The militia movement claimed these events, as well as such things as the Assault Weapons Ban and the Brady Bill, as supposed proof that the government (specifically, the center-left government of Bill Clinton) was an Always Chaotic Evil force that wanted to destroy their way of life. Militia membership reached its peak in 1996, three years after Waco, though it would decline after that due to a confluence of reasons. The big one was perceived violence within the movement scaring away the more moderate members — in addition to Oklahoma City, groups like the Montana Freemen and the Republic of Texas (a secessionist group claiming that the US had never legally annexed Texas) gave the movement plenty of bad press through their confrontations with law enforcement, as did "lone nuts" like Eric Robert Rudolph (who bombed two abortion clinics, a gay bar and the 1996 Atlanta Olympics) and the "Unabomber" Ted Kaczynski (mistakenly believed to be a right-wing militant until he published his anti-technology manifesto, Industrial Society and Its Future).

Militias died down after the surge in patriotism that accompanied 9/11 (although some of the more radical groups contended that the whole thing was an inside job), as well as Clinton's replacement with a supposedly right-wing president, but the last couple of years have seen militia membership surge to levels not seen since The Nineties. Most of this has been attributed to a bad economy, increased "security" such as the Patriot Act over the past decade, the election of an African-American Democratic President and anger over health care reform and immigration. They are seen in many different ways by different Americans, considered evil by some, but right by others. Disagreements even rage within their own number: a great many follow libertarian or traditionalist ideals, opposing the unnecessary violence and edgy attitude of the Neo-Nazis, while many others embrace them. The majority of the militiamen do not actively engage in terrorist activity (though they do occasionally make displays of force, such as showing up to protest things while openly carrying firearms), but rather believe that they are preparing themselves for if and when the government turns on them.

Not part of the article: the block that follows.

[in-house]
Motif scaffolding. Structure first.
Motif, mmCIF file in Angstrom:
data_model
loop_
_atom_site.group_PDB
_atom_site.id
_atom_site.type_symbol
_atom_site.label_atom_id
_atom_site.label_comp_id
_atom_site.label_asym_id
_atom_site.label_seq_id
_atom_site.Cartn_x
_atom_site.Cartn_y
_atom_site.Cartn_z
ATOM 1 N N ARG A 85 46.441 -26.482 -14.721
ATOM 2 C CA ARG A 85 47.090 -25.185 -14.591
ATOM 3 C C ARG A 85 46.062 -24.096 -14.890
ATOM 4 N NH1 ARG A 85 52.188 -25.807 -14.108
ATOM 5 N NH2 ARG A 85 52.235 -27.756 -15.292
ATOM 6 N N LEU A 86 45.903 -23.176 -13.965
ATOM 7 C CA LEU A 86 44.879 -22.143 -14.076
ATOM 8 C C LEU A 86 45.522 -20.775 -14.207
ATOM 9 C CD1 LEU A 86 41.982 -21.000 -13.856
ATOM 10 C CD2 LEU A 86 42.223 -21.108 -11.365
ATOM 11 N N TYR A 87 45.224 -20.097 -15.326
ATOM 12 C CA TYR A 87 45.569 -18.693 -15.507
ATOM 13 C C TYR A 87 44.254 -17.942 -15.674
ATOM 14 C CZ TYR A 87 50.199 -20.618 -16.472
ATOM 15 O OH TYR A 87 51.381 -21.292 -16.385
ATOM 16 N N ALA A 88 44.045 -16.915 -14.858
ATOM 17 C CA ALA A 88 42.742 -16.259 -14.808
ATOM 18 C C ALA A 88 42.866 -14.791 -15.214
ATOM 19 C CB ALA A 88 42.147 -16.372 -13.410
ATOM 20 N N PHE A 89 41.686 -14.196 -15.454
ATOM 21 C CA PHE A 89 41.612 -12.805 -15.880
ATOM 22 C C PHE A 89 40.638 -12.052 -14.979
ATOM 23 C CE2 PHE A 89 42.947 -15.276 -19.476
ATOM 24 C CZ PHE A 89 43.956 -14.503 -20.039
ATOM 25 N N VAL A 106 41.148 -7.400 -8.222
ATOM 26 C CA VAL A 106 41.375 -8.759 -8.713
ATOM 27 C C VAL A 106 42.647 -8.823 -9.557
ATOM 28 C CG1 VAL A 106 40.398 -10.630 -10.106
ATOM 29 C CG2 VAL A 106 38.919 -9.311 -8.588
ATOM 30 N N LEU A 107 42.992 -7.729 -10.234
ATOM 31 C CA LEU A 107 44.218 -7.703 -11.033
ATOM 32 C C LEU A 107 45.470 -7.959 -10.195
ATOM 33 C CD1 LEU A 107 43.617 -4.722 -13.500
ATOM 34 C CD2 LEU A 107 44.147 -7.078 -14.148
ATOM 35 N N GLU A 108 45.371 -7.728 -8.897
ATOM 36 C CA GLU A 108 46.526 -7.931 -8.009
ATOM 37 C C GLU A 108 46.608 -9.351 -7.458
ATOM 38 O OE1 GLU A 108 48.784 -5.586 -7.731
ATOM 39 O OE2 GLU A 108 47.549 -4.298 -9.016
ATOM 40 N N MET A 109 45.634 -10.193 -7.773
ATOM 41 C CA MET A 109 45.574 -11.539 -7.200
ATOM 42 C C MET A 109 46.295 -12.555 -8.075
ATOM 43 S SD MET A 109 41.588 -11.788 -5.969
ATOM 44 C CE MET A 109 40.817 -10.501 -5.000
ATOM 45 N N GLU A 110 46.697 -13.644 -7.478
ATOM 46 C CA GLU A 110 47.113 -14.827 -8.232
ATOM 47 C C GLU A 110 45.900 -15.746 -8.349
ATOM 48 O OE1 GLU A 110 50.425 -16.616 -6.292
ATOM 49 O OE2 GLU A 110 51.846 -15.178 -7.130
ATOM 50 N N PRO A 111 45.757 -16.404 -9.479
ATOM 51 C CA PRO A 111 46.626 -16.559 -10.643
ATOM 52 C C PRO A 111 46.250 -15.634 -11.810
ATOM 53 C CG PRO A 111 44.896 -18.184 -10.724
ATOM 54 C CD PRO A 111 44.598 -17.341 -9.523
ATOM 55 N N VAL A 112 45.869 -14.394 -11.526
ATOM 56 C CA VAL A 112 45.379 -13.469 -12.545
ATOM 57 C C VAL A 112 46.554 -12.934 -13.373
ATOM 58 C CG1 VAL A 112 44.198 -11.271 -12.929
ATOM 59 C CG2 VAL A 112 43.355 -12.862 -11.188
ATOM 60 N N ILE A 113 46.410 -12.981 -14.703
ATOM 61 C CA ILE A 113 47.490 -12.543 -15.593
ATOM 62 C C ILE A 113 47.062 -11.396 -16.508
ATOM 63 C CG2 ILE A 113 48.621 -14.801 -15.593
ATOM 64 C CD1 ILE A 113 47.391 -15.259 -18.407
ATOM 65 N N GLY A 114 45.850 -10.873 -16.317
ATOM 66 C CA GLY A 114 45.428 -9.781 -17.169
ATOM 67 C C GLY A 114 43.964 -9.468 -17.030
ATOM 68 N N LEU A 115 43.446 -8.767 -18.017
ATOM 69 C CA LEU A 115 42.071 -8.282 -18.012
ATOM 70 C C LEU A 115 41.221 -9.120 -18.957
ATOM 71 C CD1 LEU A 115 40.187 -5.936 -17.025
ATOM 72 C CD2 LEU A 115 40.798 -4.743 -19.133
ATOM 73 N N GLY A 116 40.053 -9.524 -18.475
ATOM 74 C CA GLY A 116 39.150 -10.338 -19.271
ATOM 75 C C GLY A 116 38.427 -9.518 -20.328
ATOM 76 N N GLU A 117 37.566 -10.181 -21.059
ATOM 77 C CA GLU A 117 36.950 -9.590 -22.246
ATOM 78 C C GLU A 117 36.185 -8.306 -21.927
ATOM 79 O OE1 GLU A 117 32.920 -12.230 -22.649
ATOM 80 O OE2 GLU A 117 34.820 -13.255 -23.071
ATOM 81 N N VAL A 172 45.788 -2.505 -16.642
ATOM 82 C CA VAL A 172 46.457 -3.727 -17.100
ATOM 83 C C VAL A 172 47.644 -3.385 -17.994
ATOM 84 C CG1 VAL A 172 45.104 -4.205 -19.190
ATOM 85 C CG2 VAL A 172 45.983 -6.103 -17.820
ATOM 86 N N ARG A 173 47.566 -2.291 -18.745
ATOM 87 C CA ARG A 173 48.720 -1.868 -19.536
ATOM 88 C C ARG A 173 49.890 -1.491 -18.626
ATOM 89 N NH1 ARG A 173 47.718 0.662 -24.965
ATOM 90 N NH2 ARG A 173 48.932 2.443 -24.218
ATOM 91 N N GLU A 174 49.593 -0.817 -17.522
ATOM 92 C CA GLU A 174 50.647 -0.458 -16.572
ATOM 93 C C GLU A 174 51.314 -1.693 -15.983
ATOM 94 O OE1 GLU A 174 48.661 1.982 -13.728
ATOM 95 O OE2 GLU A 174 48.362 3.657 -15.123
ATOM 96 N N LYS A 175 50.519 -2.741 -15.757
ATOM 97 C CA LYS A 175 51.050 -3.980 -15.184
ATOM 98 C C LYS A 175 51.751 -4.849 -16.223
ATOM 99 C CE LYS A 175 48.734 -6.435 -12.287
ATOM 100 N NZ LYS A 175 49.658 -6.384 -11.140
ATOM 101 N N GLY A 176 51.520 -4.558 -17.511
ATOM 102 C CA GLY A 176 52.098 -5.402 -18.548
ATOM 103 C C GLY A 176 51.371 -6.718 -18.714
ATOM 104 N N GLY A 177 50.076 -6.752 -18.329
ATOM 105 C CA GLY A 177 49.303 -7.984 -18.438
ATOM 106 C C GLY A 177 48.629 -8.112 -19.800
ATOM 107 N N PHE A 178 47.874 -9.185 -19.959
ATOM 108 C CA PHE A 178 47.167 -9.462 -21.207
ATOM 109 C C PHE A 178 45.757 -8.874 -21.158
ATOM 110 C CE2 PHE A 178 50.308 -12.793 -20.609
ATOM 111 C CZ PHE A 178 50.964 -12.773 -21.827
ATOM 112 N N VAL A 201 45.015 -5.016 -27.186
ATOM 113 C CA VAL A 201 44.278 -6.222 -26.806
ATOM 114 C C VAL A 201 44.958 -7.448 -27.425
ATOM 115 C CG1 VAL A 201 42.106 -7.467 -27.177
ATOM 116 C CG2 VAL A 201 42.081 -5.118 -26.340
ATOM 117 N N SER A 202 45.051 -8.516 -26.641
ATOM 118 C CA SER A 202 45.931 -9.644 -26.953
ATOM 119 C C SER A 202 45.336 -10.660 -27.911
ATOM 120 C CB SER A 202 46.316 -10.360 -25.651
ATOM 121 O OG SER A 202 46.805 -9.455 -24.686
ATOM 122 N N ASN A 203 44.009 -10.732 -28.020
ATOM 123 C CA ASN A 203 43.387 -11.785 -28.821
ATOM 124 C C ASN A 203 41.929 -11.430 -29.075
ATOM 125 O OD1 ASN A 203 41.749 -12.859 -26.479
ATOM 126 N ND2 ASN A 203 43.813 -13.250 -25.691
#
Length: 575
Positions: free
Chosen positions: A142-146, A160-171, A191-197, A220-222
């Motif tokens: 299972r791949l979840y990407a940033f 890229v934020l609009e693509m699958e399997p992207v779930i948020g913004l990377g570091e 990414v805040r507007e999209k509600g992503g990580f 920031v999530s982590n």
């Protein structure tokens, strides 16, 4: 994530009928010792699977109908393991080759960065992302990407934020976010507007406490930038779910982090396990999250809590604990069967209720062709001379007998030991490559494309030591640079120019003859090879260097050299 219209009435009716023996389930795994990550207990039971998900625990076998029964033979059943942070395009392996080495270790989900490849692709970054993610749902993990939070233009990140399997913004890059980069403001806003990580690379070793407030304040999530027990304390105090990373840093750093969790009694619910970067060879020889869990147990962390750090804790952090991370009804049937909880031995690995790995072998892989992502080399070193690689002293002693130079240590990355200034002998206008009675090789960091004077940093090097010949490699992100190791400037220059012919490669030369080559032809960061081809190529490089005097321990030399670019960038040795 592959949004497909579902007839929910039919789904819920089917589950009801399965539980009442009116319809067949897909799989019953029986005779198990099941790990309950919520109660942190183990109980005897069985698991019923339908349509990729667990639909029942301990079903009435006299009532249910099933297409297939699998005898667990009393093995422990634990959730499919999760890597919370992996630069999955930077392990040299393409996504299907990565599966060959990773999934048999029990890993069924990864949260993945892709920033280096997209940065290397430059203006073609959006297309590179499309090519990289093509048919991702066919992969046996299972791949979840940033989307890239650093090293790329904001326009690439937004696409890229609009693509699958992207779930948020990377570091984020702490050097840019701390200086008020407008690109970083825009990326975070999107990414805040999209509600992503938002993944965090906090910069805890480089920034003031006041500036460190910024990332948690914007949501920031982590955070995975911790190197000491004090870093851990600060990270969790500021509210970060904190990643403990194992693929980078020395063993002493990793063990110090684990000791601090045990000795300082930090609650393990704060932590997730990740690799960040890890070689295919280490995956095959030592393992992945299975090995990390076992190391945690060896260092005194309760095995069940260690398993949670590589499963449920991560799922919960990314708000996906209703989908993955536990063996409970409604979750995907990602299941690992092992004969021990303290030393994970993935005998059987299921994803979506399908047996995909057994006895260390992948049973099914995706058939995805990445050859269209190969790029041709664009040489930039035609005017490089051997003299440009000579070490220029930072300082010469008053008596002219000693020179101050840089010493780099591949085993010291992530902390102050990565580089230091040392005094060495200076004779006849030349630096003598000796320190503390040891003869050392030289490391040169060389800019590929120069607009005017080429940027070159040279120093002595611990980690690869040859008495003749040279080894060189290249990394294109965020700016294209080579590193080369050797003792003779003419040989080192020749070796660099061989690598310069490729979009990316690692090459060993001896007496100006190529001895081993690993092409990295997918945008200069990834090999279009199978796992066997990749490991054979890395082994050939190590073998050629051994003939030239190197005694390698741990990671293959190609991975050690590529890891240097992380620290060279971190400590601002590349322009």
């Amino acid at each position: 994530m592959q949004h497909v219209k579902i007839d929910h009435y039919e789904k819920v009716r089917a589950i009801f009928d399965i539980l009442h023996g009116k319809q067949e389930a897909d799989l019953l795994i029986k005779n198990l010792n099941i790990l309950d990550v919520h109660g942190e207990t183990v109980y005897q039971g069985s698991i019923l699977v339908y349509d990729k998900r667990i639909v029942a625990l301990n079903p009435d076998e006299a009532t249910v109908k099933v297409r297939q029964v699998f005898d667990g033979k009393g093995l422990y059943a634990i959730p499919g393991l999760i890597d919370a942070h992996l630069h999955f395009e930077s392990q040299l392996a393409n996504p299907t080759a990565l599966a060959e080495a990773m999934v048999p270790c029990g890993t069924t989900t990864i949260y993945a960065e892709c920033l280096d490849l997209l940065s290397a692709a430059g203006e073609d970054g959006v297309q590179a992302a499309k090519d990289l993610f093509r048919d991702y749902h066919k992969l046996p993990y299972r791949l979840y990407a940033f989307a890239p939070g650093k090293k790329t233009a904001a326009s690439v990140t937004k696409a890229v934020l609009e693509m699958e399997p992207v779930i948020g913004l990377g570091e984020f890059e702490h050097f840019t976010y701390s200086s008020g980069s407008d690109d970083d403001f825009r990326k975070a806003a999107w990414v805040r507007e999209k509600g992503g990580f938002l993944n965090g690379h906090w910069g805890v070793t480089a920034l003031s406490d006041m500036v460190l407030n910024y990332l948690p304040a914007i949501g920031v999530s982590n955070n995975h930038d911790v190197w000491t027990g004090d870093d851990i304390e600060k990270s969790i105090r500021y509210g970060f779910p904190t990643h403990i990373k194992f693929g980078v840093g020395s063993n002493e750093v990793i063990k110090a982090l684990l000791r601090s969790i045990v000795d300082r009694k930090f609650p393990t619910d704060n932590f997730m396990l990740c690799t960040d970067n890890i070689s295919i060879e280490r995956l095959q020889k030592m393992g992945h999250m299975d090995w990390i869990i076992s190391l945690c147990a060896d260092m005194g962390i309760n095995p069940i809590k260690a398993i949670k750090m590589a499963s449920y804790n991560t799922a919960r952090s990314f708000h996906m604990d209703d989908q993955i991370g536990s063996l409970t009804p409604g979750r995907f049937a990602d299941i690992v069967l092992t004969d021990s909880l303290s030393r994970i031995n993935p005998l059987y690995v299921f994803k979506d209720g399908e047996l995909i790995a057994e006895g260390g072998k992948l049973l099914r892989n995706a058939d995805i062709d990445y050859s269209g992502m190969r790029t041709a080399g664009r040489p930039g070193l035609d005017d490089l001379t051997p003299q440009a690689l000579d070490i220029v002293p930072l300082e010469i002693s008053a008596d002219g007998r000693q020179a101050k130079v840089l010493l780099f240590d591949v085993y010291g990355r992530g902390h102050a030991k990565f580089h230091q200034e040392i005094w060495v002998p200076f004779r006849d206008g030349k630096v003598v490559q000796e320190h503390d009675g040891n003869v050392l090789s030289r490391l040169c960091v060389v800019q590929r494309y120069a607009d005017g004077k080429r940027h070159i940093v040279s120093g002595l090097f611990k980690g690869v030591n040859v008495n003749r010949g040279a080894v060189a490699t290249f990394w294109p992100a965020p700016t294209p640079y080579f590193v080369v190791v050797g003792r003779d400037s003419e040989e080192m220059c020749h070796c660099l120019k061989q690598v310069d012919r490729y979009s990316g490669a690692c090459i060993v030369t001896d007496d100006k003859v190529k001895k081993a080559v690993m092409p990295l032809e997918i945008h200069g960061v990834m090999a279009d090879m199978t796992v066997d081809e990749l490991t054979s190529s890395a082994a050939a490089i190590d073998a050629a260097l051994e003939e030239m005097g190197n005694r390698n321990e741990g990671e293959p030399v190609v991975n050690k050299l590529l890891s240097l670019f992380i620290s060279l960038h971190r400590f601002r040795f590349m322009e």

They are frequently associated with the Sovereign Citizen movement noted above, and there is considerable overlap between the groups, with many so-called Sovereign Citizens having ties to militia groups and vice-versa. Many Crazy Survivalists are also sympathetic towards the militia movement, and many Conspiracy Theorists have links to the militia movement.